BRADENTON – Shiny Fang, secretary general of the Union International de Pentathlon Moderne, the international governing body for the Olympic sport of Modern Pentathlon, concluded her two-day visit to Bradenton-Sarasota on Thursday and Friday declaring she is “impressed and excited” by the local support she witnessed for the four major Pentathlon events Sarasota and Bradenton will host during the next three years, including three World Cup competitions and the Olympic Trials.
“We selected Sarasota-Bradenton based on several strengths, including the broad degree of community involvement its bid conveyed,” Fang said. “Hosting the first Pentathlon World Cup Final in the United States in more than 40years is no minor effort – and I am impressed and excited by the enthusiastic community support I have seen during the last two days. The Sarasota-Bradenton facilities and community will also provide an ideal environment to debut the international Royal Pentathlon Club.”
Fang, one of only three female secretary generals in Olympic sport, was accompanied by three-time Olympian USA Pentathlon Executive Director Rob Stull.
Fang met with former Florida Secretary of State and Congresswoman Katherine Harris and other local leaders to evaluate the ongoing preparations for theWorld Cup Final in June.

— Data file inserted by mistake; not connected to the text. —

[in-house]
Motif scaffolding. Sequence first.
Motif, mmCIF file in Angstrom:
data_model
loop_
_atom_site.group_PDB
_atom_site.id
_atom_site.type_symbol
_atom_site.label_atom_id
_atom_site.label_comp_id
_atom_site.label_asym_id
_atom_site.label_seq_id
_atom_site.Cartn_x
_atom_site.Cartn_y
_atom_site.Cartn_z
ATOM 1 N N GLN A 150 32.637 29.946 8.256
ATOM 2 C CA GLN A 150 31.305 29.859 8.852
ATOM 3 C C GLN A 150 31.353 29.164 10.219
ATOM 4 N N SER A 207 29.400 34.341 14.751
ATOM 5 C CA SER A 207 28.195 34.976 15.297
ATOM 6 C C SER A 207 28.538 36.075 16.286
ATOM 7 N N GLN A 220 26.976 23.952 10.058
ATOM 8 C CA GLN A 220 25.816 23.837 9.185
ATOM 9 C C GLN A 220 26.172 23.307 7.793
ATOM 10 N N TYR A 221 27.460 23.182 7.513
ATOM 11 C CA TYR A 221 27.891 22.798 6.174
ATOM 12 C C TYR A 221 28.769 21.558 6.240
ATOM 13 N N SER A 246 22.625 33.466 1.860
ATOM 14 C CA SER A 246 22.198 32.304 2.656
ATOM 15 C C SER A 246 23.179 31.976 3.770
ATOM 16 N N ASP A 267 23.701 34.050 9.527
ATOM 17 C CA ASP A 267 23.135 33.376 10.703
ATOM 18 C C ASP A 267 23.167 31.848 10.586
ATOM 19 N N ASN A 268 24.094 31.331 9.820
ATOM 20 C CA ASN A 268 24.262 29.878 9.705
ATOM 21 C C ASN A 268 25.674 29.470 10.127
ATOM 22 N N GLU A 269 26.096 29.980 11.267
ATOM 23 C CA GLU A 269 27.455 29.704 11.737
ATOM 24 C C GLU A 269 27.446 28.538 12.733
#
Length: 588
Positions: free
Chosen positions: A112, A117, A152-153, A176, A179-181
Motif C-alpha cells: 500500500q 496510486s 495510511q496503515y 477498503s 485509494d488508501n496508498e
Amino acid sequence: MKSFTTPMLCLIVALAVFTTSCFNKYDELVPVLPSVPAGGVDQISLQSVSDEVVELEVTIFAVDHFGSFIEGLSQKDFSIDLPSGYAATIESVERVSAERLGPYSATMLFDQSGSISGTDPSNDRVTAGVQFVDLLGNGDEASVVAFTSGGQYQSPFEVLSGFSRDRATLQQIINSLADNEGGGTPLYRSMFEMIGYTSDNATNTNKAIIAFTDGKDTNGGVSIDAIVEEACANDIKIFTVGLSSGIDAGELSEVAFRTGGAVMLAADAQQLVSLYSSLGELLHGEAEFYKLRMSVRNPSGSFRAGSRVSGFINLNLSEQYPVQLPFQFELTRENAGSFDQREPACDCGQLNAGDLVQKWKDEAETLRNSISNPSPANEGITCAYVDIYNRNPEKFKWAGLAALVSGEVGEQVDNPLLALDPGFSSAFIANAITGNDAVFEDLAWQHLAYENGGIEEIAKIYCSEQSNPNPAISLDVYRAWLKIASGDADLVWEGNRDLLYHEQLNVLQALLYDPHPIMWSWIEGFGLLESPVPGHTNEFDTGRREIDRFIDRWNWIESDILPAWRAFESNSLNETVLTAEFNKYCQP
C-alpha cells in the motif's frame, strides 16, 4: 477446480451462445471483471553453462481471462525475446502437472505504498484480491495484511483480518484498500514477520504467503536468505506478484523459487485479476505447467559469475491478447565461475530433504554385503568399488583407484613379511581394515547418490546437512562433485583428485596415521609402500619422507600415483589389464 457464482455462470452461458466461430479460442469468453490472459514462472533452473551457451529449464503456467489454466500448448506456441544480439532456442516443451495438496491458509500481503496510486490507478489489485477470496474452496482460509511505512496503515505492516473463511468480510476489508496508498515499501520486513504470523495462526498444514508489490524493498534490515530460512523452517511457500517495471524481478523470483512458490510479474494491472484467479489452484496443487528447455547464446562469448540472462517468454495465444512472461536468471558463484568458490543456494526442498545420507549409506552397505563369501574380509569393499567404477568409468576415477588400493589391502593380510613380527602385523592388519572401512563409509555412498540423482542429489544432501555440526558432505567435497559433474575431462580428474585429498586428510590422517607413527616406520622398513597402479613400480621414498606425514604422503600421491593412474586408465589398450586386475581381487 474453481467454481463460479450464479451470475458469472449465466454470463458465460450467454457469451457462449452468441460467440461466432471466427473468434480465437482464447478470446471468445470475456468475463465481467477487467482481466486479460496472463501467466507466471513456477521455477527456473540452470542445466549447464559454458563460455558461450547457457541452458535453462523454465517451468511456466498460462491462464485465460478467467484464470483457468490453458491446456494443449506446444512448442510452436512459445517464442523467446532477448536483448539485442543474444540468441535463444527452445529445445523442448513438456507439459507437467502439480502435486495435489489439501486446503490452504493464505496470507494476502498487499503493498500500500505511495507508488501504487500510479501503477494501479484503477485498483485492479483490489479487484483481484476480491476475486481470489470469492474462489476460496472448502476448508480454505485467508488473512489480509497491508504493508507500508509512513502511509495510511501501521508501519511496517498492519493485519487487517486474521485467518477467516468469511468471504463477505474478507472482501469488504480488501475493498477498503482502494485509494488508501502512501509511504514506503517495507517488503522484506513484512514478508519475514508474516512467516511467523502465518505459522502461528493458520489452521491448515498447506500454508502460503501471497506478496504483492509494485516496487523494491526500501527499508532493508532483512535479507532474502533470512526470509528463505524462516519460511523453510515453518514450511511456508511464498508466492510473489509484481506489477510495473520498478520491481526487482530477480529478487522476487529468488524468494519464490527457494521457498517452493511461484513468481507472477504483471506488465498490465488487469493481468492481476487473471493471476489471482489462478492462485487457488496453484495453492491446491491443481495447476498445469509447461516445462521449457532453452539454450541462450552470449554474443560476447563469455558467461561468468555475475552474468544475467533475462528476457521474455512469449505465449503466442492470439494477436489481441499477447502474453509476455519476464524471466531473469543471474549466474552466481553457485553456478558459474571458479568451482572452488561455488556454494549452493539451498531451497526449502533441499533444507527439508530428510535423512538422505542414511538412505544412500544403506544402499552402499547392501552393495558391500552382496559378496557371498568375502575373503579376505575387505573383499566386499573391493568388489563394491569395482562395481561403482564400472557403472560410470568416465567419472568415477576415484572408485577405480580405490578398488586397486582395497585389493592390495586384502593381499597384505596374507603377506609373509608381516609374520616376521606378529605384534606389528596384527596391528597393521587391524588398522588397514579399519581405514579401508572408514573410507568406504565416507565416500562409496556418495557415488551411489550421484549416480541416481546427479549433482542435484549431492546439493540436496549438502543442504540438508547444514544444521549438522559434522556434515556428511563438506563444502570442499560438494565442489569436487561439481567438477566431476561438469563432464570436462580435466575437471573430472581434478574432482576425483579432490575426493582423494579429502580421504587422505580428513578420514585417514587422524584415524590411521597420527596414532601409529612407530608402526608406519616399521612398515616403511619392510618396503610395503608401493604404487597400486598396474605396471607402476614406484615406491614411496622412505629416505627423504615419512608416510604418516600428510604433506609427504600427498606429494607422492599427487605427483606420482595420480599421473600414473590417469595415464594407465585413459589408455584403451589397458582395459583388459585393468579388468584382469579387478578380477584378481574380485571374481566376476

The 2014 World Cup Final will showcase the top 36 male and 36 female Pentathlon athletes from around the world. Then, for the next three years, Sarasota-Bradenton will remain an essential stop along the “Road to Rio,” as some of the world’s top athletes prepare for the 2016 Olympic Summer Games.
The Pentathlon, considered to be the test of the “complete athlete”, was created by Baron Pierre de Coubertin, founder of the modern Olympic movement.
The pentathlon combines five sports: equestrian show-jumping, fencing, swimming, running and pistol shooting.
This selection of disciplines was based upon the legendary tasks of a 19th century military courier, which could involve virtually anything necessary to deliver a message successfully, such as procuring the first available horse and jumping over an array of obstacles; fending off enemy attacks with a pistol and sword; swimming across intervening bodies of water; and running on foot.
Olympic pentathletes ride an unfamiliar horse (drawn by lot) over a jumper course, fence other athletes with an épée sword, swim freestyle 200 meters, and shoot a laser pistol while running a half-mile course (4 x 800 meters).
Gen. George Patton was the first American Olympic competitor in this event in the 1912 Stockholm Olympics.